By Chris Le
By now, most of the NBA world knows that David West aggravated his back injury in Game 5 from a Robert Horry screen.
Almost immediately, I could hear everyone in the greater New Orleans area cry murder—and most assuredly, for Horry’s head.
Then the next day, I turn on my DVR and watch my daily round of ESPN’s Around the Horn, and I see Woody Paige, the old and loud boob that he is, screaming that Horry had malicious intent and merits a suspension, citing his “history of dirty plays.”
Aside from last year’s Steve Nash shoulder bump (which admittedly was blatant and deserving of a suspension), what else do these whistleblowers have? Horry has no laundry list of foul play whatsoever; no injury-inducing body of work that I can recall. I’d say you would need more than two cheap shots in a 16-year career to be pegged as “dirty.”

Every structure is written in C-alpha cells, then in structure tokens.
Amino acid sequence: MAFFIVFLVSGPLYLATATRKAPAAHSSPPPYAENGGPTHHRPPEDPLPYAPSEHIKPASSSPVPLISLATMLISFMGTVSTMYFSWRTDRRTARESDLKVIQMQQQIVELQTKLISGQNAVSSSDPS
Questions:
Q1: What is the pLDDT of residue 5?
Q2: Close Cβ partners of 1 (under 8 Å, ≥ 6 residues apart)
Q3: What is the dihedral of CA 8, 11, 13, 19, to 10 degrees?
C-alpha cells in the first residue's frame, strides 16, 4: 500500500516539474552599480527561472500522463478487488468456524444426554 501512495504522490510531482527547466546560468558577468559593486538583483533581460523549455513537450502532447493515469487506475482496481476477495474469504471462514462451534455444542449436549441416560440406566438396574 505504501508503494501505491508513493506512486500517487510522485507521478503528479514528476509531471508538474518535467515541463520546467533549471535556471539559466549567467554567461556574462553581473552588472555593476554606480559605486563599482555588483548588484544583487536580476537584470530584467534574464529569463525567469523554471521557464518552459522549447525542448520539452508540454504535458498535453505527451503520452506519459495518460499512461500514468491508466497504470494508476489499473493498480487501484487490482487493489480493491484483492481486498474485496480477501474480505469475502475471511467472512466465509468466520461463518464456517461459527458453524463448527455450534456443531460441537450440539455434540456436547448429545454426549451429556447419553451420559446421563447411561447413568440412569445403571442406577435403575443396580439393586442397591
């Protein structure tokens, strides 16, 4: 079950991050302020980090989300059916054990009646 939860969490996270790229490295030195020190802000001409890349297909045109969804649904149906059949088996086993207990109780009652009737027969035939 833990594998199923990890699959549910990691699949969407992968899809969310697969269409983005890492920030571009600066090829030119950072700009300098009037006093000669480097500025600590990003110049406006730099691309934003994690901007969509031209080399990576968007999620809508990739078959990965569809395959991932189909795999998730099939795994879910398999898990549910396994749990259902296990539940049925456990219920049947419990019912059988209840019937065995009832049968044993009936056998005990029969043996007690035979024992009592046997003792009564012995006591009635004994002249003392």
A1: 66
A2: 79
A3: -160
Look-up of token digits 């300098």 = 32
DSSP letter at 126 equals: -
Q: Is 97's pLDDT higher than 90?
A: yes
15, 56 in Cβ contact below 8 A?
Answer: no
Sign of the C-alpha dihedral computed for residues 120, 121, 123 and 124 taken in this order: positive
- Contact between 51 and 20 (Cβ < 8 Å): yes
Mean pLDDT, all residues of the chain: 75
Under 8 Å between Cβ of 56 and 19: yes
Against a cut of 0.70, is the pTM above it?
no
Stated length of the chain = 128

And as far as the back screen against West, I’m meeting the two polarized sides in the middle and calling it a “clean dirty” play. Meaning, I’m not going to naively say that Horry didn’t know West was injured or that the play was even necessary since Manu Ginobili wasn’t driving very hard, looking for a lane. But it was well within reason and far from anything that could be deemed a flagrant foul.
If you think otherwise, then surely you’ve never seen any of the Pistons-Bulls or Bulls-Knicks series in the late 80’s/early 90’s.
I know it’s cliché, but this the playoffs. And the saying is cliché for a reason–it’s true. Regular season basketball is almost a different game than in the playoffs. It isn’t always pretty, peachy, keen or fair.